Erna Viterbi, who survived the Nazi invasion of the former Yugoslavia and who gave generously to charities, passed away at 81.
Erna and her husband Andrew Viterbi, who founded Qualcomm, were trustees of the University of Southern California and was a co-namesake of the Viterbi School of Engineering. She was born Erna Finci in 1934 in Sarajevo, found shelter in Italy as the German army invaded, spent the war in Switzerland and moved to California in 1950. A friend introduced Erna and her future husband Andrew, and the two married in 1958. Andrew was pursuing a Ph.D. in electrical engineering at USC.
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Andrew Viterbi discovered the solution to his Viterbi Algorithm while on the beach with his wife and two children. The Viterbi Algorithm enabled error free wireless transmission, and Qualcomm was the first company to employ the algorithm. With wealth created during the wireless revolution, the company founded the engineering school at USC and donated $52 million, which at the time was the largest gift to any engineering school in the U.S. The couple gave $2 million for an electronics chair and $15 million to support scholarships in engineering and genocide studies, in addition to chairs and graduate fellowships. Andrew and Erna Viterbi also created an Executive Director Chair at the USC Shoah Foundation.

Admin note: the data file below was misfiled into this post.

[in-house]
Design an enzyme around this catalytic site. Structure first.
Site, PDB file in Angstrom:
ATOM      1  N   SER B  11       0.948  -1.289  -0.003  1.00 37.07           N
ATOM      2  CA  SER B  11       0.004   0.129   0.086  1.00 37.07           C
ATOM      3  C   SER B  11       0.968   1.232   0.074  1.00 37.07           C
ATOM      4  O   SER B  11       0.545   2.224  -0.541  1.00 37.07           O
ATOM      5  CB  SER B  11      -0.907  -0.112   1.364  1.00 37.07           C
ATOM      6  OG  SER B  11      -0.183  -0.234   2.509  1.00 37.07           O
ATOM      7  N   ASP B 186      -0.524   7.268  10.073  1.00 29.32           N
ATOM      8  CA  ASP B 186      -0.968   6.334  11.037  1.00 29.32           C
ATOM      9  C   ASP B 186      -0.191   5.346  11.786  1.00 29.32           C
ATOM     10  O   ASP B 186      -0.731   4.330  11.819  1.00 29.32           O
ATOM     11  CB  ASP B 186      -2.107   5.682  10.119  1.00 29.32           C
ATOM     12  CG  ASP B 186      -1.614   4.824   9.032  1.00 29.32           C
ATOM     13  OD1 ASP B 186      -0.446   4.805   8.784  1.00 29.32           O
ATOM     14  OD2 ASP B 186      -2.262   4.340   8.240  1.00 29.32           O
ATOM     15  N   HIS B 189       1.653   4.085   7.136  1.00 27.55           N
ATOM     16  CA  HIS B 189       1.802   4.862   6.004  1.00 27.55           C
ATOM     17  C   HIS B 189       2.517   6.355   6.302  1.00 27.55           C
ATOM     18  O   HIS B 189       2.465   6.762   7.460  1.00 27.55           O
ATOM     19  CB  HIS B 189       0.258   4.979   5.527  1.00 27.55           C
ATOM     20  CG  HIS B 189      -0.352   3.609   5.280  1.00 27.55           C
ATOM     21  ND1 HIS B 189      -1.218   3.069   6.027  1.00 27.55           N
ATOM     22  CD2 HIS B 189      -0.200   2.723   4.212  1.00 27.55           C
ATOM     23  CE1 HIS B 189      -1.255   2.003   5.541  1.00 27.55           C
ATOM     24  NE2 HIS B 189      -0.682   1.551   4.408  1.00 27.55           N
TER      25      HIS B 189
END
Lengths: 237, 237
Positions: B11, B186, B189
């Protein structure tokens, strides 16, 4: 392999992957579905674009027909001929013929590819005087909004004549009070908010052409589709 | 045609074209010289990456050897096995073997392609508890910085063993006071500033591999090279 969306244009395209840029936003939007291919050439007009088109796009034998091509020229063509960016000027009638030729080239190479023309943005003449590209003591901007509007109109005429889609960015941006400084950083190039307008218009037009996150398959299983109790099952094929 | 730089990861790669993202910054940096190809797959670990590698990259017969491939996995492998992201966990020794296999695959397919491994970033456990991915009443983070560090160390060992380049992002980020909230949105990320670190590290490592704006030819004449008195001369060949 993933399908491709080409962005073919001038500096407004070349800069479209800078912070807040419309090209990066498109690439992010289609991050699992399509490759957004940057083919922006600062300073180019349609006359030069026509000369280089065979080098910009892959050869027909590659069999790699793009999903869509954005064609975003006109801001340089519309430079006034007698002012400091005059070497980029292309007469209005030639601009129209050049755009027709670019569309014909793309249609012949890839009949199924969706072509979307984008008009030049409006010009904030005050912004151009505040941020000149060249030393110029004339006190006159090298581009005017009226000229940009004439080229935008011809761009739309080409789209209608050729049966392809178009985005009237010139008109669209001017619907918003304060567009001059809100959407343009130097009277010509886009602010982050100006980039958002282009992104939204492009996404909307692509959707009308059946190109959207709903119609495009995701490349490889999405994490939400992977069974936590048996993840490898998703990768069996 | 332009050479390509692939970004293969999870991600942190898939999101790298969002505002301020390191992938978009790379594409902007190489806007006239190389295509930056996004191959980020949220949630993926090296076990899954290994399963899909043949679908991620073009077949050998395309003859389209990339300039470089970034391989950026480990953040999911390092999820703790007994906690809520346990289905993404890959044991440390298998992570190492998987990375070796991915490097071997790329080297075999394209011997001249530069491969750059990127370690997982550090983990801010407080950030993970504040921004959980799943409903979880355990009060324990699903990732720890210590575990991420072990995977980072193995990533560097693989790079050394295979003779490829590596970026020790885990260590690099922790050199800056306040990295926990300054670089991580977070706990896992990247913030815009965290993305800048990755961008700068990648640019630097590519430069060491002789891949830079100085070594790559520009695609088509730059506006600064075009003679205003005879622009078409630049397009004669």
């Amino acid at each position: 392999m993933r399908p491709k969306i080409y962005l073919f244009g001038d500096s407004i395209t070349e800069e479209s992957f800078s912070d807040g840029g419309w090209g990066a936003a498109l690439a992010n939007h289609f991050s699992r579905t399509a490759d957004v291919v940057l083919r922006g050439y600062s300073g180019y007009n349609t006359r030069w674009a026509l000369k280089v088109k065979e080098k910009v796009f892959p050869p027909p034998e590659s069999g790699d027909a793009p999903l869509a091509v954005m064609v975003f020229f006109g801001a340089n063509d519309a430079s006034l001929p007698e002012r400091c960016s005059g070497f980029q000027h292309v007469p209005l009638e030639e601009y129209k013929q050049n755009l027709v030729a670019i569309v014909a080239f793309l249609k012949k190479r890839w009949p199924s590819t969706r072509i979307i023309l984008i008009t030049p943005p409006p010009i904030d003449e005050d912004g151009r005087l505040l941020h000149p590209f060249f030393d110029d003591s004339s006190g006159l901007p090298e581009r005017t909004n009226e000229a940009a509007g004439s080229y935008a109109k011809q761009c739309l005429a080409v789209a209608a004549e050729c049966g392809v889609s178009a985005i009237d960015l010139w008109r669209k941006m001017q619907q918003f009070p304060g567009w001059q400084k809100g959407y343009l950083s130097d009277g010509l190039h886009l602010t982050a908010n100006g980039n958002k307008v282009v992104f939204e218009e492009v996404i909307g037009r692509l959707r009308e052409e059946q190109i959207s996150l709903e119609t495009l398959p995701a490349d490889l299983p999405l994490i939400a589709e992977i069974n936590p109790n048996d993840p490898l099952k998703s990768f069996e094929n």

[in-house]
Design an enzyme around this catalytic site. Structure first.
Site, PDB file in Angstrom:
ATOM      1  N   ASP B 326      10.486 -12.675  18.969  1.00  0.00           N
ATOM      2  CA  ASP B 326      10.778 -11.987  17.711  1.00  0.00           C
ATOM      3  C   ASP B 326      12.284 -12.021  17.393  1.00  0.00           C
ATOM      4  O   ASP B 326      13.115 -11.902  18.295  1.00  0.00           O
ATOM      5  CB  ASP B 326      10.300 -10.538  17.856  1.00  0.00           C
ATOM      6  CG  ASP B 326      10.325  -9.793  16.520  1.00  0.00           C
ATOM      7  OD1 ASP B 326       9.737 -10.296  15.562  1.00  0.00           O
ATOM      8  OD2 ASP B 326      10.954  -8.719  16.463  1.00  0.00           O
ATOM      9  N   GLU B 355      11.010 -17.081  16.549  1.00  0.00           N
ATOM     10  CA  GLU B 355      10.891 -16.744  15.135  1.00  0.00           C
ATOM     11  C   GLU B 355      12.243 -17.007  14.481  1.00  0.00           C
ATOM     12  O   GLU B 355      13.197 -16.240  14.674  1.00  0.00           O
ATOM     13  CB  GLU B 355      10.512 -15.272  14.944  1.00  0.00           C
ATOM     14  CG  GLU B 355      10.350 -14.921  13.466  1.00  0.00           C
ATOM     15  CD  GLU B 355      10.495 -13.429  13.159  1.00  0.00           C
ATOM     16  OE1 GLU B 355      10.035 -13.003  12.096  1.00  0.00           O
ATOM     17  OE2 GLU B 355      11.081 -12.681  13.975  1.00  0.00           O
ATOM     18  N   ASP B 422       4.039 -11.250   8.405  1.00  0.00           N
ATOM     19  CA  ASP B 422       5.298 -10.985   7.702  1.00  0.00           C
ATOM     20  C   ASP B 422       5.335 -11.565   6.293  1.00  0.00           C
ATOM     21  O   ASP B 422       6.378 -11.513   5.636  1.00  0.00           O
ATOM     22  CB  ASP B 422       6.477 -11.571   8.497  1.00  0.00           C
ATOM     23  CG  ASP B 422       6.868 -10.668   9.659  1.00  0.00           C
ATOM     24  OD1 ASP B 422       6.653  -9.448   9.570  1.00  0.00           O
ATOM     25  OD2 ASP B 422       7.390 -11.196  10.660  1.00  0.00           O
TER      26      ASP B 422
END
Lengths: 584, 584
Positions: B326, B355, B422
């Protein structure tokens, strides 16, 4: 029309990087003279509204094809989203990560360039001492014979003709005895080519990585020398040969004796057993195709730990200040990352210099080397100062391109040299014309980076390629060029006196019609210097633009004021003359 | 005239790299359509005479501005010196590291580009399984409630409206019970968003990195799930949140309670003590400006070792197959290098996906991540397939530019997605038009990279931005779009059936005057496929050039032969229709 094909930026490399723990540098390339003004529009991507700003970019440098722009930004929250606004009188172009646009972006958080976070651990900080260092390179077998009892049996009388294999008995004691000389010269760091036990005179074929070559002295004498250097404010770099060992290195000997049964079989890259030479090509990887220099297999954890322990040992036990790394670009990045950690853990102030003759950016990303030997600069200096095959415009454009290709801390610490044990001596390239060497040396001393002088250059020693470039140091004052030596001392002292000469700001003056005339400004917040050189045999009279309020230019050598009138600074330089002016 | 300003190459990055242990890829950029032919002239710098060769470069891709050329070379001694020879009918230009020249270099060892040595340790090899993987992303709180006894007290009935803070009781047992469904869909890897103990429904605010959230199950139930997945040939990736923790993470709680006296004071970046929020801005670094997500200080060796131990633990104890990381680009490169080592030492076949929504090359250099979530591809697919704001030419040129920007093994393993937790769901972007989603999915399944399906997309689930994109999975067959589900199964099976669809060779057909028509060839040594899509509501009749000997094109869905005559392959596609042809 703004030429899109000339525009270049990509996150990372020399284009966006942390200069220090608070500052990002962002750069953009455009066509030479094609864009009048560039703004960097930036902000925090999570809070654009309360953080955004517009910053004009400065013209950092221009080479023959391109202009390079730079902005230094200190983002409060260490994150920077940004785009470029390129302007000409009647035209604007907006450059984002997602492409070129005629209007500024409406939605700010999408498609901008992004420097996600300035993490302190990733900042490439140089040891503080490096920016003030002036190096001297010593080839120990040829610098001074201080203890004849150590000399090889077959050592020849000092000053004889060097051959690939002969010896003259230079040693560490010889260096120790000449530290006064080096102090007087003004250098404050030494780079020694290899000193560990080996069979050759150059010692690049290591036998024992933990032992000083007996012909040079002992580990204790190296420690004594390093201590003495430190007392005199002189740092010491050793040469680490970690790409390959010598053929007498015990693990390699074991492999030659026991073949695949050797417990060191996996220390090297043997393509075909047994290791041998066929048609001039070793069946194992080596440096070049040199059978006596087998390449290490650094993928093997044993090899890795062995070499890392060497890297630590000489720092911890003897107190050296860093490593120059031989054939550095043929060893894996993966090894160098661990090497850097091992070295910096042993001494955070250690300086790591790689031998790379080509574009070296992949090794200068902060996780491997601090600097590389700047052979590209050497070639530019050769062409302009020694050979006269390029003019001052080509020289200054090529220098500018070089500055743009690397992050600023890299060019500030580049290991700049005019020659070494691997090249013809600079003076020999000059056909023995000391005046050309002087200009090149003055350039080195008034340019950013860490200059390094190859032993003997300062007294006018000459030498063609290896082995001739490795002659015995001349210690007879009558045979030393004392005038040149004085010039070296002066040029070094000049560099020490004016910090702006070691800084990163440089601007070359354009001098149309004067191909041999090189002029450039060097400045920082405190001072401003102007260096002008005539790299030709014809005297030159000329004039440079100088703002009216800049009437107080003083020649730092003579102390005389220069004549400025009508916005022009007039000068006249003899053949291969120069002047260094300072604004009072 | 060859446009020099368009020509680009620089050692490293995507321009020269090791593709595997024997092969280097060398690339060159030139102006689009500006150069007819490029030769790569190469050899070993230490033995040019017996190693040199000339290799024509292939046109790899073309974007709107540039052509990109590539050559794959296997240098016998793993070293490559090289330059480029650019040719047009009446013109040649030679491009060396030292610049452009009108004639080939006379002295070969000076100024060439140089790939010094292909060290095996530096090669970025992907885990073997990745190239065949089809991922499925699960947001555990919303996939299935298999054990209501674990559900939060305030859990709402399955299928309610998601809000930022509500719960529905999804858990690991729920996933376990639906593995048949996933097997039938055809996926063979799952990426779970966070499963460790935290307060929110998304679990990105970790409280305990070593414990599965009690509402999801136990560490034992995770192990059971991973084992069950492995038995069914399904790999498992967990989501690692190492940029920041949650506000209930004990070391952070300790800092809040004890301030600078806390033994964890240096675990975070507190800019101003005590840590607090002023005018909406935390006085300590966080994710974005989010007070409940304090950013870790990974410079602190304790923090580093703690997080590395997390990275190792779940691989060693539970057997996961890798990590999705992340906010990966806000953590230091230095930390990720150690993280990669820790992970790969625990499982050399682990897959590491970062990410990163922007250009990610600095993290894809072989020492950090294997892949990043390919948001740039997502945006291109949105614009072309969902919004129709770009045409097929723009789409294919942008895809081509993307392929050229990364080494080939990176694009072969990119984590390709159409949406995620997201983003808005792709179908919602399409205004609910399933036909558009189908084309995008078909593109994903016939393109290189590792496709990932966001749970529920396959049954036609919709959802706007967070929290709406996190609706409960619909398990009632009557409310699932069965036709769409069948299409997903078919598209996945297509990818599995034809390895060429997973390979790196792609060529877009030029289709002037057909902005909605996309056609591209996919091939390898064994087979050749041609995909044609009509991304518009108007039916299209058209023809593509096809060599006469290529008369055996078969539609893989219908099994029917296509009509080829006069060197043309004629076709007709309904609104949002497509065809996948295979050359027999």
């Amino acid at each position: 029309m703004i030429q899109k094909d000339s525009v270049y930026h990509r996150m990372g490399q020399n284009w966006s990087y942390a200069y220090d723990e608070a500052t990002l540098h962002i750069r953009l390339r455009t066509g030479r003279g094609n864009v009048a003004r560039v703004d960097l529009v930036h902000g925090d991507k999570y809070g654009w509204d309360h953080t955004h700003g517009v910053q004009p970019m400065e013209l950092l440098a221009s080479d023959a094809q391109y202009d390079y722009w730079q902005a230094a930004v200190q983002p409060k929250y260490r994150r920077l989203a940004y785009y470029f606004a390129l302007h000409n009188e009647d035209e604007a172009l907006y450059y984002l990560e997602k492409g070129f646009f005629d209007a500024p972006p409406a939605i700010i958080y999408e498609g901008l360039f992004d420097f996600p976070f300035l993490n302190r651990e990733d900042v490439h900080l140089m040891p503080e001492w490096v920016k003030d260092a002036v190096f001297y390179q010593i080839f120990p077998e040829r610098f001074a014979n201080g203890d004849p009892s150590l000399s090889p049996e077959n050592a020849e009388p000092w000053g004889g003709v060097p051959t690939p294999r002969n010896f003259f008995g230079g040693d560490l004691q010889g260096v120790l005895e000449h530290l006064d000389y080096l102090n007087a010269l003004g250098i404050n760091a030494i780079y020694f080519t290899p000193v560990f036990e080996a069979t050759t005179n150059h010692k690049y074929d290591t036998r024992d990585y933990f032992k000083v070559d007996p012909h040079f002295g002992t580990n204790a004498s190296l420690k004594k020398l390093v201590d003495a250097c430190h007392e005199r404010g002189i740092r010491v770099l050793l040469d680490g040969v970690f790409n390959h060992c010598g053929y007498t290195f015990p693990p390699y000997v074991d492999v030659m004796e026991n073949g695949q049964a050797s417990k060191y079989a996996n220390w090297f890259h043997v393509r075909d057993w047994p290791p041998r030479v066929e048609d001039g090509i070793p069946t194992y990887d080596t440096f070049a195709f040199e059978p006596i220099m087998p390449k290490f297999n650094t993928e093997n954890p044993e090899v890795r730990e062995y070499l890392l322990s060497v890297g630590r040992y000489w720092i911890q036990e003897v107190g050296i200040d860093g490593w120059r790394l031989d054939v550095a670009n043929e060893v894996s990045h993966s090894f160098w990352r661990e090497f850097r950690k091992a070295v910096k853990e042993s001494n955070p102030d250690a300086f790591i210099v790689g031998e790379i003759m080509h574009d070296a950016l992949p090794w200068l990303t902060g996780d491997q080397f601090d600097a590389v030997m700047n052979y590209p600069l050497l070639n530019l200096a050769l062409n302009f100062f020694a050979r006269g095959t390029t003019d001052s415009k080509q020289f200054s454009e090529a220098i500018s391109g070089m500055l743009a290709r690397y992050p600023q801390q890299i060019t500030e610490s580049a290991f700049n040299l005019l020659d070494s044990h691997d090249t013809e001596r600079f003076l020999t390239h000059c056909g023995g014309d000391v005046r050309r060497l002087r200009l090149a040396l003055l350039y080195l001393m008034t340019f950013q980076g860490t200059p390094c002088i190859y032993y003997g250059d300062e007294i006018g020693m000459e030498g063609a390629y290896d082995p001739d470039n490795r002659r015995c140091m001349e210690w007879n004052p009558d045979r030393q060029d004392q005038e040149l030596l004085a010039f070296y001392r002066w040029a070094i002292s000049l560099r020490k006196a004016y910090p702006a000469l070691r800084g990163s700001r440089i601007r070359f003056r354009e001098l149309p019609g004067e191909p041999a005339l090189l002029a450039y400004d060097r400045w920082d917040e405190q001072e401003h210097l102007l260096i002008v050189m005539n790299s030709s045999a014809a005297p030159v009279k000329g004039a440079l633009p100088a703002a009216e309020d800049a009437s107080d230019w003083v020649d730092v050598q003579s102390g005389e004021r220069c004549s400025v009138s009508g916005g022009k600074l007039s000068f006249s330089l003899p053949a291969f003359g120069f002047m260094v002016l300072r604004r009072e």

Yannis Yortsos, dean of USC Viterbi, said of Erna, “She was a wonderful human being, with great heart, generous spirit, full of optimism, humility and grace. We are all that much better because our paths in life crossed with hers, ” according to USC.edu.